Lagos State Commissioner of Health, Jide Idris
The Federal Government has said the 134 cases of cholera recorded in Lagos State was caused by contaminated African Salad.
The Minister of Health, Prof. Onyebuchi Chukwu, represented by the Permanent Secretary in the ministry, Ambassador Sani Bala, said this on Monday in Abuja.
He spoke during a joint press briefing with a Non-Governmental Organisation, WaterAid Nigeria, in commemoration of this year’s first United Nations endorsed World Toilet Day with the theme, “The rural meet the urban sanitation.”
Between September and October this year, an estimated 2,771 cases and 124 deaths were reported, with case fatality rate of 4.5 per cent of cholera recorded as of November 12.
But Bala said the yearly occurrence of cholera could be stopped “if there is a mechanism to stop open defecation which will prevent contamination of water sources and foods that are major causes of cholera in the country.”
He said, “Reports from the 14 states affected by the cholera and gastroenteritis outbreak indicated that indiscriminate open defecation practice and lack of toilet facilities, which contaminated water sources and foods, were the major causes of cholera in these states.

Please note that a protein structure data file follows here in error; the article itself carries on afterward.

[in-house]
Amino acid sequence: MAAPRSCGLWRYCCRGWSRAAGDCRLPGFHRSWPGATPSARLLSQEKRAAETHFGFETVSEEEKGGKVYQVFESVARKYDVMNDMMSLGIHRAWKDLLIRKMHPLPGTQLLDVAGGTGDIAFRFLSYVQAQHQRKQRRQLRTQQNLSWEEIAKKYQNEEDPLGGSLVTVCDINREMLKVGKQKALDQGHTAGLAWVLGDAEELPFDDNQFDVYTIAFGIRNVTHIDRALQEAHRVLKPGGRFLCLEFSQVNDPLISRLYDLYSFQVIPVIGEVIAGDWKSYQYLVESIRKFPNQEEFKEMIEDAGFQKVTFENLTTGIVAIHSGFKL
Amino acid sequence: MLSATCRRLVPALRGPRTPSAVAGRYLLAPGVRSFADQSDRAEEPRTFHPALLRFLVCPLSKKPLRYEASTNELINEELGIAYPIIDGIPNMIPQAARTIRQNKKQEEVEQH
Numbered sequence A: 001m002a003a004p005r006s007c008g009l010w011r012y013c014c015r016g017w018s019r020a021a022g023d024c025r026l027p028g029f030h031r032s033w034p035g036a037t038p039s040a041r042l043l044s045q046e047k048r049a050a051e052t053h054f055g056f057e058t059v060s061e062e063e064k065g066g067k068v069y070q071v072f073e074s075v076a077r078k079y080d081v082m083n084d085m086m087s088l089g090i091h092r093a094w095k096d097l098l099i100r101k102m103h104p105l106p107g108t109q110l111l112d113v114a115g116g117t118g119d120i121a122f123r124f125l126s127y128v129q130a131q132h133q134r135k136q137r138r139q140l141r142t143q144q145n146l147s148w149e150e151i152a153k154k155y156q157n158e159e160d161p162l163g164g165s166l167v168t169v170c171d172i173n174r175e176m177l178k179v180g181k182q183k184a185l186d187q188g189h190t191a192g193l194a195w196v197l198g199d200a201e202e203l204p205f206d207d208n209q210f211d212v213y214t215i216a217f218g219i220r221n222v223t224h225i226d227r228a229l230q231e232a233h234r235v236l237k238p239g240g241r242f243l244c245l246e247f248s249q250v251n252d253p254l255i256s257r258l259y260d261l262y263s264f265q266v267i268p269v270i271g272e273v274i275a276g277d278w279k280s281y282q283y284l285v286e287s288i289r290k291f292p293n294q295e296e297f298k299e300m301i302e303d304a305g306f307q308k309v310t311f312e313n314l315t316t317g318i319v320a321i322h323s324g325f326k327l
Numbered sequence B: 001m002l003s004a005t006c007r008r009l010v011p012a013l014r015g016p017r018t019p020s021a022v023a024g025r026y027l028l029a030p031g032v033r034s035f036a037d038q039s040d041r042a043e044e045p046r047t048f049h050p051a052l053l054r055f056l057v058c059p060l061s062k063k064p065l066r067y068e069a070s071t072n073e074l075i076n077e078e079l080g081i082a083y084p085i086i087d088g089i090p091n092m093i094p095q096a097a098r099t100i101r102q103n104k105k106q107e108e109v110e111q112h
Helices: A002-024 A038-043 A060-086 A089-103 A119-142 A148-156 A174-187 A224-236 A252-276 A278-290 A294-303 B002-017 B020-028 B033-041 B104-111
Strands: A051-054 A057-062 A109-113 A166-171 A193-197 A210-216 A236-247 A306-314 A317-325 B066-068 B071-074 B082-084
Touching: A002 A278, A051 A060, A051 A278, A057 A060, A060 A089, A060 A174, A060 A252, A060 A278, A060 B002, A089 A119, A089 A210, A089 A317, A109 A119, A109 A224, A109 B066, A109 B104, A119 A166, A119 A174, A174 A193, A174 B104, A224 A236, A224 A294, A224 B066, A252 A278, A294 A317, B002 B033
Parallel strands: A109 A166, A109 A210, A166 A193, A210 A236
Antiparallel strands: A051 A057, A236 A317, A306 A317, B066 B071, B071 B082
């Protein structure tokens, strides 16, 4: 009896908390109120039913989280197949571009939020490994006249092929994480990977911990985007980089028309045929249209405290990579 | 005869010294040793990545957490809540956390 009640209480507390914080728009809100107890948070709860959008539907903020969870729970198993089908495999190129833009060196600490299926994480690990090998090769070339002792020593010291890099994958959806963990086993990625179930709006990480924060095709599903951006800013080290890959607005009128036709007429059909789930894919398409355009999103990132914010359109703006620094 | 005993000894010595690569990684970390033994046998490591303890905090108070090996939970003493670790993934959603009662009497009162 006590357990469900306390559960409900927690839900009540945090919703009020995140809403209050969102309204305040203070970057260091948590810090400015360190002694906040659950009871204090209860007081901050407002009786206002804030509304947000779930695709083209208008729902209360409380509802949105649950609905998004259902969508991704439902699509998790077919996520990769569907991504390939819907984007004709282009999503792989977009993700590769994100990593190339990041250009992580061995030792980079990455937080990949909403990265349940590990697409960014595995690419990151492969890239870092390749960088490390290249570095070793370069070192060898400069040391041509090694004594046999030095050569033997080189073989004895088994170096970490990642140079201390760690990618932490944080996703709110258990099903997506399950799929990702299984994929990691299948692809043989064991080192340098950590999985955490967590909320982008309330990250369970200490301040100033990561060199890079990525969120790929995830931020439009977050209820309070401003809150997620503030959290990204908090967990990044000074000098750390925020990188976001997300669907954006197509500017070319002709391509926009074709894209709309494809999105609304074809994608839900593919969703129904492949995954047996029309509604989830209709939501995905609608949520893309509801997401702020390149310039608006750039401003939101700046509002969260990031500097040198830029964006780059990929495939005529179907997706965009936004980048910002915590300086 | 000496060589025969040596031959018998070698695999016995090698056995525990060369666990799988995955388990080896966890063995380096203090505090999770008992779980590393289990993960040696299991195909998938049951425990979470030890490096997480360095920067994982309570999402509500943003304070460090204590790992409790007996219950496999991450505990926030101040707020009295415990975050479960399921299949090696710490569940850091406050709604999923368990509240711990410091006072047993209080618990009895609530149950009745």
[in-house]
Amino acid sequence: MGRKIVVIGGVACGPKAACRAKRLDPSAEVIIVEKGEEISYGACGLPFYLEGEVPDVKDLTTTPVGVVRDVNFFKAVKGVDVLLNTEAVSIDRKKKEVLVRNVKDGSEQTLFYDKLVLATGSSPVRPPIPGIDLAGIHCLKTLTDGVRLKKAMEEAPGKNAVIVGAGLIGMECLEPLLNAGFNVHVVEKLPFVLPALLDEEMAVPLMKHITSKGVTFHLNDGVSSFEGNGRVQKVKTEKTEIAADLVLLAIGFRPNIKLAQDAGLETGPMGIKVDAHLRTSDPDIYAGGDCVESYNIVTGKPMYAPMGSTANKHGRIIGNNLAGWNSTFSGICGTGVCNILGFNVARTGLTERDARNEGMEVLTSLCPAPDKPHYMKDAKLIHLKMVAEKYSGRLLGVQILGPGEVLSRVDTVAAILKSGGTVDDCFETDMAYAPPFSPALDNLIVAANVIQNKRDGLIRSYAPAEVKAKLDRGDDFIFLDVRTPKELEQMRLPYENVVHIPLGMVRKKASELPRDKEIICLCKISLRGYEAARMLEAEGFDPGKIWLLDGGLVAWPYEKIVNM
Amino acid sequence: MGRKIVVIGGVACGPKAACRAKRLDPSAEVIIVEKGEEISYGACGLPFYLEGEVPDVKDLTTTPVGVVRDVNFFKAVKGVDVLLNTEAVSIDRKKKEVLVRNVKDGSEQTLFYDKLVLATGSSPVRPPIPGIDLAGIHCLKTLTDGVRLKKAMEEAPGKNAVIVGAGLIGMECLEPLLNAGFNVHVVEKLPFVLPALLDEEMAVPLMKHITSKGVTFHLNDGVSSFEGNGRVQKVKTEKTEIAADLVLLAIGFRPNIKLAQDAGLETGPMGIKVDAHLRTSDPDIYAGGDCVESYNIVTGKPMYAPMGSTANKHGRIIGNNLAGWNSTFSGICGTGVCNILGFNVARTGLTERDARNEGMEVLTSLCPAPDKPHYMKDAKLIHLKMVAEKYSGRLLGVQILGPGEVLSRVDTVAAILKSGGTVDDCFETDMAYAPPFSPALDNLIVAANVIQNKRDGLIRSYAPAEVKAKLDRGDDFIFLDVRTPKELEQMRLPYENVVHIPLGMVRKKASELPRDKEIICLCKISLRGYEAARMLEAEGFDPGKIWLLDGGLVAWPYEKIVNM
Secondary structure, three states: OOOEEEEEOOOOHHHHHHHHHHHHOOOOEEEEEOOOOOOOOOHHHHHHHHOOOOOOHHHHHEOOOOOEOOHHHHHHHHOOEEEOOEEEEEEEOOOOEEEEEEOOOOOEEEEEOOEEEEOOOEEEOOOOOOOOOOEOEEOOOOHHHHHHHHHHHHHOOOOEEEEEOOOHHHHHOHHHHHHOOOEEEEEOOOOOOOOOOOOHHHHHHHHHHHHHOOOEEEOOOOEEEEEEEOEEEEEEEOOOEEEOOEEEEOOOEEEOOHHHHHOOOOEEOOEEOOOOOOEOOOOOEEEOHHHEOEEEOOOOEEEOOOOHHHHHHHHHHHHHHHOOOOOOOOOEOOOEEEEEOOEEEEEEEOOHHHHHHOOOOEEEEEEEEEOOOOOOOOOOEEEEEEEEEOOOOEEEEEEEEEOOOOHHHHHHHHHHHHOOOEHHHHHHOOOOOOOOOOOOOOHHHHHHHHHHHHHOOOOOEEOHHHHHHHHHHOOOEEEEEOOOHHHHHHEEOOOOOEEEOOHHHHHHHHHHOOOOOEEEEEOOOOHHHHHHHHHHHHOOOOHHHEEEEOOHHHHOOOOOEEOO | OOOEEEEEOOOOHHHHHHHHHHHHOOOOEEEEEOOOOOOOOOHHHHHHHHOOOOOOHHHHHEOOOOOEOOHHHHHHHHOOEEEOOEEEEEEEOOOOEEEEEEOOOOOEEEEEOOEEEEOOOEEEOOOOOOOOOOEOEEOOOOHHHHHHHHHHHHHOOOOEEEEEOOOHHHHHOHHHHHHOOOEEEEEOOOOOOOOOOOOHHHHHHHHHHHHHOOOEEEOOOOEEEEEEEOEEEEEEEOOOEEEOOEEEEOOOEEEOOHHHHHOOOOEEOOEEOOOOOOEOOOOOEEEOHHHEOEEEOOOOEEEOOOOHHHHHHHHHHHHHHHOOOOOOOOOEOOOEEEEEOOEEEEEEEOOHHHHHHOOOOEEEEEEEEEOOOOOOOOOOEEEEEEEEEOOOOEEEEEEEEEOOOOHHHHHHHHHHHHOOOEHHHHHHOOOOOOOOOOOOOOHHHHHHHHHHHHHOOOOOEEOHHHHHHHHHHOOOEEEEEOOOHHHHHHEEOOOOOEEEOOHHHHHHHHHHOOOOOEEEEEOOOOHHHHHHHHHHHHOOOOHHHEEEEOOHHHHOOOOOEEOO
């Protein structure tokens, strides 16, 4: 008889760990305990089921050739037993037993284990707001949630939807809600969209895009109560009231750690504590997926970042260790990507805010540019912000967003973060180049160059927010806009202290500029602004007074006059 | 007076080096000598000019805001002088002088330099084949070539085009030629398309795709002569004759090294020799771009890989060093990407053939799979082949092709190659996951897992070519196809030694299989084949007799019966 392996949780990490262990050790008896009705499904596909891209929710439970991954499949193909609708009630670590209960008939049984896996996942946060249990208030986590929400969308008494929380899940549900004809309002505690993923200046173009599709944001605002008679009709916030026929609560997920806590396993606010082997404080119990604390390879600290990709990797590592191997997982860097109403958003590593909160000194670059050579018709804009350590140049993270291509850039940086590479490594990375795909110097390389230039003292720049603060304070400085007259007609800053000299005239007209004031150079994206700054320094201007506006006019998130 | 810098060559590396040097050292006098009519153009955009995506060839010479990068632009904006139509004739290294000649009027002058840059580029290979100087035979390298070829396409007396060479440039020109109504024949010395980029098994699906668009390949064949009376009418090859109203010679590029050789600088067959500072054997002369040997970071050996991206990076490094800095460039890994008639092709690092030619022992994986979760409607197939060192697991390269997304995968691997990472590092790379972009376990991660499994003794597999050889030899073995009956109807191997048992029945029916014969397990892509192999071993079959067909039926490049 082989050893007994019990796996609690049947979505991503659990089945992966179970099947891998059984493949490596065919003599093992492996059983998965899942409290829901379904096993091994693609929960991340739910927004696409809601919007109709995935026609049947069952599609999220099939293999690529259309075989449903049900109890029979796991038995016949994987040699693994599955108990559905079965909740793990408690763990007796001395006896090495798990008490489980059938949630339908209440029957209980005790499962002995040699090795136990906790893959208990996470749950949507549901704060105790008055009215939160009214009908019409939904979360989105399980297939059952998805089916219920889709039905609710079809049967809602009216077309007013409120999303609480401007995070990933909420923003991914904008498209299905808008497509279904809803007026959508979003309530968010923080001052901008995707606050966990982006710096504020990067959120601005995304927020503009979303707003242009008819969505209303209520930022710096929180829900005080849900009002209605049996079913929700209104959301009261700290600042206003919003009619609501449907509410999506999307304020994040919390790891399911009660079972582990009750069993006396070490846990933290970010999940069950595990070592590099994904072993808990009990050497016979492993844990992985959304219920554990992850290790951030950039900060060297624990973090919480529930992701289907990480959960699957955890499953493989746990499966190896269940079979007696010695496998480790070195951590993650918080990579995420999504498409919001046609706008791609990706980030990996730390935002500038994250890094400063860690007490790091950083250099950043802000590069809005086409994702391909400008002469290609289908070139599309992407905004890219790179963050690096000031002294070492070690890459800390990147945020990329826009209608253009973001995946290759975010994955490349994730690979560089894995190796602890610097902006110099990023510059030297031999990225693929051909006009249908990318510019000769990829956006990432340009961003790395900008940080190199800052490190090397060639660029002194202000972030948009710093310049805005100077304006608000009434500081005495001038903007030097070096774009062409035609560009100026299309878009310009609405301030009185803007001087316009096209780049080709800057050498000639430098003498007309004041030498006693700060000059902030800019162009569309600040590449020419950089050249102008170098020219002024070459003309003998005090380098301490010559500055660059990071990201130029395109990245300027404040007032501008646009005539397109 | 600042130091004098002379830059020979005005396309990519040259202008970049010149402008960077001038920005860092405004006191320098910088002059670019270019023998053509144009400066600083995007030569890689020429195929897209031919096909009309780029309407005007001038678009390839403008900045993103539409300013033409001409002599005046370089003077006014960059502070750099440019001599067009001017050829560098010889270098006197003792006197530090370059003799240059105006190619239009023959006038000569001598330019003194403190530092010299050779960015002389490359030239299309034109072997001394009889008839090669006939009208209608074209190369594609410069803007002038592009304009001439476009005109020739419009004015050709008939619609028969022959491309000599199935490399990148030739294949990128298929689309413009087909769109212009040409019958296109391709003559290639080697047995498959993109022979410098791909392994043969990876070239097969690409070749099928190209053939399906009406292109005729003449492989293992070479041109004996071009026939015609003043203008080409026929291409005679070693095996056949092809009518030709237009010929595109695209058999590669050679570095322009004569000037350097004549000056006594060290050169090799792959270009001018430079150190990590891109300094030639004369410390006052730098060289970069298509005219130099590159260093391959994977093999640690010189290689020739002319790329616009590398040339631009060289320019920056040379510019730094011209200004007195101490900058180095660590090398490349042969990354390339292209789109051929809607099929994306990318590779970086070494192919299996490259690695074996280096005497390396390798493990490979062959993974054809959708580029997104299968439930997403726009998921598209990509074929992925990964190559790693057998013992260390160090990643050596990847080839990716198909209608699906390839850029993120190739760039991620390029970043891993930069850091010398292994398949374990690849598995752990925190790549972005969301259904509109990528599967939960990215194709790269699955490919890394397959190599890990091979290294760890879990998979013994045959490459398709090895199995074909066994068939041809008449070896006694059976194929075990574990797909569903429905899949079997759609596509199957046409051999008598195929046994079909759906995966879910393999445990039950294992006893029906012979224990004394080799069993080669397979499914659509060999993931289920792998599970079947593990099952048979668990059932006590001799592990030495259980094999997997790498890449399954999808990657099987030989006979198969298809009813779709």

“For instance, most of the cases of cholera in Lagos State were caused by eating contaminated salad, while Zamfara State, which recorded 1,000 cases with 50 deaths, was due to consumption of water that have been heavily contaminated with faecal matters.”
Also speaking, the Country Representative of Water Aid Nigeria, Dr. Michael Ojo, represented by the organisation’s Head of Governance, Ms. Tolani Busari, said 37 million Nigerians (23 per cent of the population) still practised open defecation, while about 100,000 children under the age of five died of diarrhoea every year.
She said, “The deadline for the world to meet its Millennium Development Goals is now only two years away, yet in Nigeria, only 31 per cent of the population has access to improved sanitation – this means about 112 million Nigerians do not have access to improved sanitation.
“A staggering 37 million (23 per cent of the population) still practice open defecation. Nearly 100,000 children under the age of five die of diarrhoea in Nigeria every year as a result of the nation’s poor levels of access to sanitation and water.
“It is not just about the unhygienic conditions; without a private toilet women and girls are vulnerable to violence, intimidation and indignity. Lack of decent sanitation also affects productivity and livelihoods.
“Women and girls living in Nigeria without toilet facilities spend 3.1 billion hours each year finding a place to toilet in the open.”
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